Columbia Gulf Transmission (CGT) declared a force majeure event after a tornado struck its Hartsville (TN) Compressor Station about 11:17 p.m. CST Tuesday and caused a fiery explosion. Customers were being kept whole Wednesday by use of storage supplies, but all production-area receipts were suspended until further notice, pipeline spokesman Kelly Merritt said.

In an update posting sent shortly before 4 p.m. Wednesday, Columbia Gulf said it was continuing to evaluate the extent of damages sustained at the facilities, including to Lines 100, 200 and 300 through the station. “Based on the information obtained this morning, it appears that CGT will be able to commence flow around the station sometime during the current gas day [Wednesday],” the posting said. “Customers are encouraged to monitor the EBB [electronic bulletin board] with specific emphasis on the capacity at the Delhi Constraint Point to assess the mainline capacity available as a result of this incident.”

The pipeline will continue to use storage to meet delivery obligations as long as possible, and it hopes to keep customers whole until flows through Hartsville can be resumed, Merritt said.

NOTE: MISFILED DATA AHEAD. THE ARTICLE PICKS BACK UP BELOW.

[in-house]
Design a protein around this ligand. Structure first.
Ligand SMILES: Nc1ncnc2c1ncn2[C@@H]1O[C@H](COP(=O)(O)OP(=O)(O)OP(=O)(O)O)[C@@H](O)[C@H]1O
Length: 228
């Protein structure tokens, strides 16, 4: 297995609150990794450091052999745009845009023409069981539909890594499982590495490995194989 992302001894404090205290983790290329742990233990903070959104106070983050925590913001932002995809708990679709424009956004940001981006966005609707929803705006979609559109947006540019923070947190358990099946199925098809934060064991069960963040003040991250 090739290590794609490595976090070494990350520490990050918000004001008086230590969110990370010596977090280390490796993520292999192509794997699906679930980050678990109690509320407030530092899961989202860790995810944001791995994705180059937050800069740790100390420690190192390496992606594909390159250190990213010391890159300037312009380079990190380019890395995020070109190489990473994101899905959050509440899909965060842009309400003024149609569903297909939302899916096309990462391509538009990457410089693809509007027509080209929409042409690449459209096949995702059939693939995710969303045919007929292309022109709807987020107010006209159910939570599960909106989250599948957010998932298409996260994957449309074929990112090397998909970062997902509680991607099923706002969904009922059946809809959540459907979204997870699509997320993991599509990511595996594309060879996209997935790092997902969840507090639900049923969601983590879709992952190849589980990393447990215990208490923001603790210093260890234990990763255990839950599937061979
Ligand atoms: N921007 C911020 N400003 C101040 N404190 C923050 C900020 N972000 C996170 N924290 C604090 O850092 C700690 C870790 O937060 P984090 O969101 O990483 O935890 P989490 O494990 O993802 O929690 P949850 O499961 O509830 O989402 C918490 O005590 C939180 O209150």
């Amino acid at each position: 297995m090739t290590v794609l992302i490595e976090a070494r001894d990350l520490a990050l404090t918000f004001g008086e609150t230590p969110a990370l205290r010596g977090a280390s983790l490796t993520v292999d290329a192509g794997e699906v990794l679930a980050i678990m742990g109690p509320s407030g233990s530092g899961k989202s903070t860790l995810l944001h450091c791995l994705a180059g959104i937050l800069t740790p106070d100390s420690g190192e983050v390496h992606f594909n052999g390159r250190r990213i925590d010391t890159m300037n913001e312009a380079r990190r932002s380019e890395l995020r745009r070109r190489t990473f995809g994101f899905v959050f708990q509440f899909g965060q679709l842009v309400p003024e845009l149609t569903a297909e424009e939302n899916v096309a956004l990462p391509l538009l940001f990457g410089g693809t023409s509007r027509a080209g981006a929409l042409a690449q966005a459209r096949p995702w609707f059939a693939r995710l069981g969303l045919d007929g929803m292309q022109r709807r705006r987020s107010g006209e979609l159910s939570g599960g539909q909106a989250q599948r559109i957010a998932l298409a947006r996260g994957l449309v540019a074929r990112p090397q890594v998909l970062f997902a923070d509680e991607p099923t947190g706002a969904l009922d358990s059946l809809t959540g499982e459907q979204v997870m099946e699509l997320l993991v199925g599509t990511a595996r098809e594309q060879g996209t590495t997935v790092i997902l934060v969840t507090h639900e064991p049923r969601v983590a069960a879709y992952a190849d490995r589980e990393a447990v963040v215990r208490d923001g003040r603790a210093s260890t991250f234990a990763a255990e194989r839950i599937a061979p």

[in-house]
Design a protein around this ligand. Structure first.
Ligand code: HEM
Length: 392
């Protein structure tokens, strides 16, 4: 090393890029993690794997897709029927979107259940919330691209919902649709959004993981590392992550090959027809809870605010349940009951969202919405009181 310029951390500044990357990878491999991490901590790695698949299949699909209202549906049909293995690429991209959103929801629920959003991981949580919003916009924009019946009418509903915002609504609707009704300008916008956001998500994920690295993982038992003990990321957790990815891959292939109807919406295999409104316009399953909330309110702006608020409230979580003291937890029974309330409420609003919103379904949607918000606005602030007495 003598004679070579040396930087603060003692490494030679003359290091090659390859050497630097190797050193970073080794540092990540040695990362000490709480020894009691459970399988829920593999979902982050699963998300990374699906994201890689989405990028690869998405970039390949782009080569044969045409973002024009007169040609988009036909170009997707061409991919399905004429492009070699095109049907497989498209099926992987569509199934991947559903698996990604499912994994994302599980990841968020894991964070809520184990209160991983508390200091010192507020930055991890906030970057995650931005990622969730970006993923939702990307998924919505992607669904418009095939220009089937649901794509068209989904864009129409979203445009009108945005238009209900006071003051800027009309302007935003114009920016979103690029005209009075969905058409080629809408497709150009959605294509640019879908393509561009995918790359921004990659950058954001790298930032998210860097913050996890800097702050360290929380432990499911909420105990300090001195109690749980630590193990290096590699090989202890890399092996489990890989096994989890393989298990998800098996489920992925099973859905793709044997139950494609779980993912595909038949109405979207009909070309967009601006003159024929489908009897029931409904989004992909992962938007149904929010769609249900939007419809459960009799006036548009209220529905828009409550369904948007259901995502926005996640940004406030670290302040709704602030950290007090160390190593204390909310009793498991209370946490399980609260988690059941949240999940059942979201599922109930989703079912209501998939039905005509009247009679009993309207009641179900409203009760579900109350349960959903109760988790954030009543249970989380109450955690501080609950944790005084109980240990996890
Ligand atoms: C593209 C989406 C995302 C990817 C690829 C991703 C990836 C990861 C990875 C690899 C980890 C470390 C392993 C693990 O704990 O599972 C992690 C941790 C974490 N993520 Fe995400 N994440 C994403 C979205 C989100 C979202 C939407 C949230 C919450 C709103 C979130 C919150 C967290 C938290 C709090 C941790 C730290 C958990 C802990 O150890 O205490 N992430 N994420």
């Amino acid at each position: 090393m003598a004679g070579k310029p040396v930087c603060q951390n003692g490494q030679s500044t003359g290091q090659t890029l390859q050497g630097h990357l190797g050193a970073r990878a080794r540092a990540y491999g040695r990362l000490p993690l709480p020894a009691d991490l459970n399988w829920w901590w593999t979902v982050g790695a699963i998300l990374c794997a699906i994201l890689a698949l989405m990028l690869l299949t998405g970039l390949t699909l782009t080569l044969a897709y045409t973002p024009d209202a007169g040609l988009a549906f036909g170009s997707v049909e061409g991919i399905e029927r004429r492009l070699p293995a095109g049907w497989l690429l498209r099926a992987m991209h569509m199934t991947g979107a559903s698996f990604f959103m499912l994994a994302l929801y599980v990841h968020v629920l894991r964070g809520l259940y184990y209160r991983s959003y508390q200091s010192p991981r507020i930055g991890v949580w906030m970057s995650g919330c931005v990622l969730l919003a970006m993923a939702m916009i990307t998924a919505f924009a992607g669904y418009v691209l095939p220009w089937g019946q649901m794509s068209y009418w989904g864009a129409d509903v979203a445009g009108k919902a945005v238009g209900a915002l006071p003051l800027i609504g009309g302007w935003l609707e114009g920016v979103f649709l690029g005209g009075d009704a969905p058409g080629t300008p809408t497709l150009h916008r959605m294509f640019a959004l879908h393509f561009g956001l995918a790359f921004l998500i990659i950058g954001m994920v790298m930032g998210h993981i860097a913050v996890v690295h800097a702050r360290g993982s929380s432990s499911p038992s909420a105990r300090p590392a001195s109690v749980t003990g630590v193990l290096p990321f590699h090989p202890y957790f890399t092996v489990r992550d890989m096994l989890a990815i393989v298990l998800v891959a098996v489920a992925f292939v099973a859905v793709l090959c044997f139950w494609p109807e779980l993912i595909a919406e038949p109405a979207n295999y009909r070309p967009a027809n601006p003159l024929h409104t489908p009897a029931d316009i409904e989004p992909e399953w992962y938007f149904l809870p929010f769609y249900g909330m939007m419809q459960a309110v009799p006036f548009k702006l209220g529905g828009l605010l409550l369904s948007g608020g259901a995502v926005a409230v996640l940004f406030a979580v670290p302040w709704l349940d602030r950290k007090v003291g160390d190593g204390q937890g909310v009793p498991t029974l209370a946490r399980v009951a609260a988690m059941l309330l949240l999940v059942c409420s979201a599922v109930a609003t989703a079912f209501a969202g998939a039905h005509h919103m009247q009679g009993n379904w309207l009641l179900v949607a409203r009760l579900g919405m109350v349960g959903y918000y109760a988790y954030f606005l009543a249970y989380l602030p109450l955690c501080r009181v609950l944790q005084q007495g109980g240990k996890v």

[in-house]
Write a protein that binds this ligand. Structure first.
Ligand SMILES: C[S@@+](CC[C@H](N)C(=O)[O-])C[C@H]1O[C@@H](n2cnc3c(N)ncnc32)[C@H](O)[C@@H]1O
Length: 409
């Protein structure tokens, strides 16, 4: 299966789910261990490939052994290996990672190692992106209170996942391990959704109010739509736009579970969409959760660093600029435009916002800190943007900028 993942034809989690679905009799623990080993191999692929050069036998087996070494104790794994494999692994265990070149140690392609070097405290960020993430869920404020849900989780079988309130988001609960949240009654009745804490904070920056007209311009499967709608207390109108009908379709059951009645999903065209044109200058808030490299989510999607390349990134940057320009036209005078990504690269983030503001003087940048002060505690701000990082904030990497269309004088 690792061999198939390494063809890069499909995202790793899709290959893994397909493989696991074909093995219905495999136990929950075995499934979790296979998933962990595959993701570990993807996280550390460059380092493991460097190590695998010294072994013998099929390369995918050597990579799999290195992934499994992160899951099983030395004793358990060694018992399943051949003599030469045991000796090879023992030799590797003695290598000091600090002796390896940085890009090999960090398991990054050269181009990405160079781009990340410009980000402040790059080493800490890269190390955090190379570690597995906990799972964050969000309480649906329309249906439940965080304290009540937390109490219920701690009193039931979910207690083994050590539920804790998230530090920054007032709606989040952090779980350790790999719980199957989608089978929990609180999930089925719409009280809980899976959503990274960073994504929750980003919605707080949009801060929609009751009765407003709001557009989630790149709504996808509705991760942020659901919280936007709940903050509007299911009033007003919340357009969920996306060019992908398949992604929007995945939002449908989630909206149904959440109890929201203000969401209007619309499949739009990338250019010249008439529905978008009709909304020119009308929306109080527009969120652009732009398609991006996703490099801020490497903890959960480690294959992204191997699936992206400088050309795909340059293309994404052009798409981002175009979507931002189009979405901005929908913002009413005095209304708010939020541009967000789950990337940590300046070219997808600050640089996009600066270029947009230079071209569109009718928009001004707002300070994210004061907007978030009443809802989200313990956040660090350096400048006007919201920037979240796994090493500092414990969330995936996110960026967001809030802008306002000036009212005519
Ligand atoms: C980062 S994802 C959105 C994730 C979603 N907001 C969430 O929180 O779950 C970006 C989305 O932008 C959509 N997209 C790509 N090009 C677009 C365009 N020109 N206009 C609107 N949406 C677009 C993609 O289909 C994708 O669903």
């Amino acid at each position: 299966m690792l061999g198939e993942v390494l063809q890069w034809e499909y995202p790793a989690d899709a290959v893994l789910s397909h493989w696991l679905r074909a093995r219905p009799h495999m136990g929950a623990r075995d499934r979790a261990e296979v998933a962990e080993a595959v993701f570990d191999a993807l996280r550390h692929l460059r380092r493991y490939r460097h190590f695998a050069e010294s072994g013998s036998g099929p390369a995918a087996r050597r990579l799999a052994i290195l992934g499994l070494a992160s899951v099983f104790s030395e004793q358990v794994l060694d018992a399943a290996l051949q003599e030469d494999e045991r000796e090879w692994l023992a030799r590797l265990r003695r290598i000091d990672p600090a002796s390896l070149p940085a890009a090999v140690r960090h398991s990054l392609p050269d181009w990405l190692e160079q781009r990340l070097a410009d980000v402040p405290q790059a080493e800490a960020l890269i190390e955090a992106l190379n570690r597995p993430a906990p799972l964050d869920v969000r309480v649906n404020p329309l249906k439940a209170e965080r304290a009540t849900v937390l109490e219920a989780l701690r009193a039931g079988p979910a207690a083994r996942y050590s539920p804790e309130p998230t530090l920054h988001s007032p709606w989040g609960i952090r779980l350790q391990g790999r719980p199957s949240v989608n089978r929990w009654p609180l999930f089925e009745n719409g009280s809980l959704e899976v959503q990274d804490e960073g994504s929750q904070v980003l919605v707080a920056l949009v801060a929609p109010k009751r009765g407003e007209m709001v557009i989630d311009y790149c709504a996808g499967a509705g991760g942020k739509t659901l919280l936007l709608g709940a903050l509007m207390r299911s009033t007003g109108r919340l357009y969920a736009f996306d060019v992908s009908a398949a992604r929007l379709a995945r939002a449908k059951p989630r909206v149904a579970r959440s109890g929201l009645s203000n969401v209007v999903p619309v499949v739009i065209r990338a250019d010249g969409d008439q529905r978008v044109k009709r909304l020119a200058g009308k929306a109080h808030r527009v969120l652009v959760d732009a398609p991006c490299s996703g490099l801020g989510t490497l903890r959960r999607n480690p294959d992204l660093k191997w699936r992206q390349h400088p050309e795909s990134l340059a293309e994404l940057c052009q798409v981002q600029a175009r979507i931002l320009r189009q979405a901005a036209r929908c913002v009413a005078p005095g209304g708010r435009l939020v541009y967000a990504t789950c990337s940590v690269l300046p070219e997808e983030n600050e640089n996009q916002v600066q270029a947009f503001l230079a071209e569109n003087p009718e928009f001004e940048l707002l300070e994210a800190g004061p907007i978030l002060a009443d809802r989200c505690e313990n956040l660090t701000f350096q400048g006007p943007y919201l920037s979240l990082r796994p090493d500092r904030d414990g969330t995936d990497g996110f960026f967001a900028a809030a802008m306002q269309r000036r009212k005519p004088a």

There was “severe damage” to the station 45 miles northeast of Nashville, he went on. The station has a bypass valve, but Columbia Gulf must make sure that it’s safe to operate Lines 100, 200 and 300 through the station before opening the valve, he said.

The trading representative for some independent Gulf Coast producers confirmed that Columbia Gulf was not accepting gas Wednesday from the receipt point his company uses in North Louisiana. He said he had to scramble to adjust nominations affected by the Columbia Gulf outage.

The fire was subsequently contained, and since the station was unmanned there were no fatalities. However, homes in the immediate neighborhood were evacuated as a safety precaution.

Due to the Hartsville force majeure, effective Thursday Columbia Gulf’s capacity through the Delhi constraint point in northeast Louisiana will be decreased to 1,200,000 Dth/d. The pipeline also will reduce delivery capacity to Texas Eastern-Adair to 100,000 Dth/d Thursday until further notice.

The tornado that hit the compressor station was one of a series of such storms in four Southern states Tuesday that killed more than 40 people. An Associated Press report quoted a Tennessee Emergency Management spokesman as saying that while the station was still ablaze, “these flames [were] shooting 400, 500 feet in the air.”

Columbia Gulf has a system capacity of 2.1 Bcf/d but was flowing less than 100% of that at the time of the blast, the spokesman said.

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